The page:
How to Abide by the ‘Safer at Home’ Order Issued by L.A. and the State

Forty million people have been asked to stay in their homes unless they need to leave for ”essential” purposes
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If you have a job that allows you to work from home (and you’re not an actress pretending everything is hunky-dory), chances are you’ve spent the past few days staying indoors unless you need to go out and flattening the coronavirus curve like your elderly neighbor’s life depends on it (because it could).

If that’s the case, life is about to get…not all that different. But the “Safer at Home” order issued by both Mayor Eric Garcetti locally and Governor Gavin Newsom at the state level on Thursday evening—which will stay in effect till at least April 19—is stricter than the voluntary social distancing you were already doing.

The legally enforceable order instructs people to stay home, to only go out for essential services, to stay six feet away from others, and not to gather in groups of more than ten people.

According to the city’s FAQ site, you should specifically not do the following:

  • Go to work unless you are providing essential services as defined by the order
  • Visit friends and family if there is no urgent need
  • Maintain less than 6 feet of distance from others when you go out, as possible
  • Travel to or from a job outside the City of Los Angeles, unless to perform essential activities
  • Travel to or from a vacation home outside the city
  • Visit loved ones in the hospital, nursing home, skilled nursing facility, or other residential care facility

The exemption for “essential activities” includes going to the grocery, hardware, or drug store; going to restaurants and drive-throughs to pick up food; walk pets and take them to the vet; and exercise outside as long as you stay six feet away from other people. You can still take public transit if you need to. And you can still use rideshare if you absolutely have to, but should exercise extreme caution.

The order includes a long list of essential businesses that will remain open:

  • City/County government services (police stations; fire stations; jails; courts; garbage/sanitation; public transportation; water, power, and gas utilities; public works construction, including construction of housing; airport and port operations
  • Gas service stations, auto supply, auto repair, bicycle repair shops and related facilities.
  • Health care providers (gyms not included)
  • Food providers (grocery stores and supermarkets; water retailers; certified farmers’ markets; farm and produce stands; supermarkets; convenience stores’ warehouse stores; food banks; take-out from restaurants, drive-thru restaurants, and delivery from restaurants; food cultivation, including farming, livestock, and fishing)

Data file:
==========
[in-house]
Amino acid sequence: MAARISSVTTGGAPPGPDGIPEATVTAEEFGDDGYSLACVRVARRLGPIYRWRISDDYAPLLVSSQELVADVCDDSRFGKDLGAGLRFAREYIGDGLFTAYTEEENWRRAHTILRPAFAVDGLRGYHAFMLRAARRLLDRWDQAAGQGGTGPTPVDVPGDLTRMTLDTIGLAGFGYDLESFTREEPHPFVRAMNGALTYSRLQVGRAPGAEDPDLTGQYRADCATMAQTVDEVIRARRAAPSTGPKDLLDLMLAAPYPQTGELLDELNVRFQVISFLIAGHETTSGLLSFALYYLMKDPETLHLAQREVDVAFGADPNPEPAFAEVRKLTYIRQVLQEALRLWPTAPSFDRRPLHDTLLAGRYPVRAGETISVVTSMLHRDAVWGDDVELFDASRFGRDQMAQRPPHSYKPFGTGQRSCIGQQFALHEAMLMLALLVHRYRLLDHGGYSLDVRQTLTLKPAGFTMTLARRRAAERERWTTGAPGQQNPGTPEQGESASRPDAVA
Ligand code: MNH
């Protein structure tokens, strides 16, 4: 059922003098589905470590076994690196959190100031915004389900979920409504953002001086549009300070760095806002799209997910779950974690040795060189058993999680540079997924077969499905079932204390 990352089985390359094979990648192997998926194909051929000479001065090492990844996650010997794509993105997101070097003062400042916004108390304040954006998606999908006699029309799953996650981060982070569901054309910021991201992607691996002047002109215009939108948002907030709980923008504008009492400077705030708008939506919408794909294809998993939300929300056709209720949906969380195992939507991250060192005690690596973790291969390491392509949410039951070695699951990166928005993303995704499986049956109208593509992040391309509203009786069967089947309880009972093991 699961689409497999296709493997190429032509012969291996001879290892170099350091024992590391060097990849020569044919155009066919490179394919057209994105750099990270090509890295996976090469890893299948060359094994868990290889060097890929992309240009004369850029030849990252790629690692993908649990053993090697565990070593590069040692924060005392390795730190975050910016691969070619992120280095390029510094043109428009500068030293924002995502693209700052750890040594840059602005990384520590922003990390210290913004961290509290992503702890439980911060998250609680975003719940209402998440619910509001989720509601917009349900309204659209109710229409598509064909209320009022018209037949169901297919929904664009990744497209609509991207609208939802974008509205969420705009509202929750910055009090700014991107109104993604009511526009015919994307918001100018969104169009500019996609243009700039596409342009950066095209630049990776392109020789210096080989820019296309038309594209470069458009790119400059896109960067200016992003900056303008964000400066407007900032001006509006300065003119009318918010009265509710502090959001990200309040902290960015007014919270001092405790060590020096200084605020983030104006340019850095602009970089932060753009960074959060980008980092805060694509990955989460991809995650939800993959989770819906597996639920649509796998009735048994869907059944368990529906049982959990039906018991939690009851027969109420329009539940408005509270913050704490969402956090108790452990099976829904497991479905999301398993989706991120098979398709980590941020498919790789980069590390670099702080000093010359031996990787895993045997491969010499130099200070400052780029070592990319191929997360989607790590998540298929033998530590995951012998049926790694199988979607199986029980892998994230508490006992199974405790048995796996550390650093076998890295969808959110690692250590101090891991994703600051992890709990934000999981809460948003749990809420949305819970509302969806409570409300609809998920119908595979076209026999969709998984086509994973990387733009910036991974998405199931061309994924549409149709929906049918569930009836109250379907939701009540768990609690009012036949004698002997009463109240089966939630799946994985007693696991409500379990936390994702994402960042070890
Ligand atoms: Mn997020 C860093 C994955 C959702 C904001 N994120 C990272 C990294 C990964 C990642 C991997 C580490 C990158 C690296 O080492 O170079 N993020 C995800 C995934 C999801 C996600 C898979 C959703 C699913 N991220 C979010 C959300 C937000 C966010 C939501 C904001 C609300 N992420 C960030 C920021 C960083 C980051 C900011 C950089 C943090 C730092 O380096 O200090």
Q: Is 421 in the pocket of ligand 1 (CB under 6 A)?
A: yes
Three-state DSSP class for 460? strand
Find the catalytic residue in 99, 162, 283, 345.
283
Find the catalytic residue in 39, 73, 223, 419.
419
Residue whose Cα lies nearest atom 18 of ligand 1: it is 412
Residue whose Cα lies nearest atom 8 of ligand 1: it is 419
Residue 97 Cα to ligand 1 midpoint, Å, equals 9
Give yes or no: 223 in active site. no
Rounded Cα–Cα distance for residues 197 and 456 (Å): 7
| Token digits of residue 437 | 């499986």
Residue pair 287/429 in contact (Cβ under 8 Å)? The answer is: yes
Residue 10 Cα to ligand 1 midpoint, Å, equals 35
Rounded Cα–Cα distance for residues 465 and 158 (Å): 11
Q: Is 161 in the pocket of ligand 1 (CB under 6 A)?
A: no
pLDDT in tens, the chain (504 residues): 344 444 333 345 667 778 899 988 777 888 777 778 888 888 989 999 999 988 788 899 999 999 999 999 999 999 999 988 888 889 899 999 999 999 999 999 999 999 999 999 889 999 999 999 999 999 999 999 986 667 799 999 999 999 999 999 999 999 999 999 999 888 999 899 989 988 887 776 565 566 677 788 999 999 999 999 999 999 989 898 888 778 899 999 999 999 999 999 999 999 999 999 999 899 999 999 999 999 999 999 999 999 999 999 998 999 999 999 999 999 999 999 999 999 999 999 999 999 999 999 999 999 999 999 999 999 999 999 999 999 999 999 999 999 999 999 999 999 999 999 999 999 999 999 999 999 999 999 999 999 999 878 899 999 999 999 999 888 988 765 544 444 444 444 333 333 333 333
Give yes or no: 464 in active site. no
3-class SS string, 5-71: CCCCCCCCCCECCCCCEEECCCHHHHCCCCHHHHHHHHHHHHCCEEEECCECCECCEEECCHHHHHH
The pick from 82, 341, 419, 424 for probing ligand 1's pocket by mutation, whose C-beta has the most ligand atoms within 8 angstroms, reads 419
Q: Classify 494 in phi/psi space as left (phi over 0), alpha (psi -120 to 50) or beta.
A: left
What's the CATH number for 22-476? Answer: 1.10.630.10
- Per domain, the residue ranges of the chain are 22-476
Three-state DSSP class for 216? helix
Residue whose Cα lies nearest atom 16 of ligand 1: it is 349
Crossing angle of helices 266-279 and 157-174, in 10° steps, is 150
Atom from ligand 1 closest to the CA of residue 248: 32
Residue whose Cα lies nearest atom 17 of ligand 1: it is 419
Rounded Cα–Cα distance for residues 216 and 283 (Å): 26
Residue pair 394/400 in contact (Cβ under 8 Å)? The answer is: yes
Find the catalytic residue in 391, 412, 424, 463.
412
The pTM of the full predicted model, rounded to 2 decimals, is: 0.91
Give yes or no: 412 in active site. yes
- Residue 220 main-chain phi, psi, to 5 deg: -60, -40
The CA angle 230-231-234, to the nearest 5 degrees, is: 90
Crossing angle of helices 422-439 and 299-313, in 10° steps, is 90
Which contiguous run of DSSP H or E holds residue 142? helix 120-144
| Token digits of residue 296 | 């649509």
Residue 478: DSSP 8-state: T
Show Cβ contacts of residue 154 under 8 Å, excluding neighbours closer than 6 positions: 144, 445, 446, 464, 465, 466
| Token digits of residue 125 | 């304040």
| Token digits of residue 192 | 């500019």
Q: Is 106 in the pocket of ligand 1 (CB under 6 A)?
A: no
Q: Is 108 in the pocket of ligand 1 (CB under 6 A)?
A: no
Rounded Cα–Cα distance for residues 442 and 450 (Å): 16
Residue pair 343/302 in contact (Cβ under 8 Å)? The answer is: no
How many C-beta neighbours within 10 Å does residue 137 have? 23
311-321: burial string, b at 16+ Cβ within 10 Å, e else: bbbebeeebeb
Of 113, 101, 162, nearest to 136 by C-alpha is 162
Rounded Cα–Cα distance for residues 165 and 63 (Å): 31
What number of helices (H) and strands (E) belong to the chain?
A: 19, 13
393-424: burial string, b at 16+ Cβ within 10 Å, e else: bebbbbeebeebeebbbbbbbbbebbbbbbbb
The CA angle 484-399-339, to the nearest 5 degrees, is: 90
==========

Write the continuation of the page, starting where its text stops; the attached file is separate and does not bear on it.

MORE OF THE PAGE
• Hardware stores and nurseries
  • Plumbers, electricians, exterminators, custodial/janitorial workers, handyman services, funeral home workers and morticians, moving services, HVAC installers, carpenters, landscapers, gardeners, property managers, private security personnel and other service providers who provide services to maintain the safety, sanitation, and essential operation to properties and other essential activities  
  • Banks, credit unions, financial institutions and insurance companies
  • Organizations and businesses that provide food, shelter, and social services, and other necessities of life for economically disadvantaged or otherwise needy individuals, (including gang prevention and intervention and domestic violence agencies).
  • Laundromats/laundry service
  • Newspapers, magazines, television, radio, podcasts and other media services
  • Educational institutions, including public and private K-12 schools, colleges, and universities for purposes of facilitating distance learning or performing essential functions provided that social distancing of six-feet per person is maintained to the greatest extent possible

“We’ve already radically changed how we live in Los Angeles,” Mayor Eric Garcetti said during a press briefing announcing the order. “We need to be painfully honest tonight that we’re about to enter into a new way of living here.”

Earlier today, Governor Newsom announced that the state is projecting that as many as 25.5 million Californians could be contract the coronavirus in a matter of just eight weeks. His office later said that number could go down with restrictions on people’s activities in place.

The Safer at Home order goes into effect at midnight tonight and will remain in effect until at least April 19.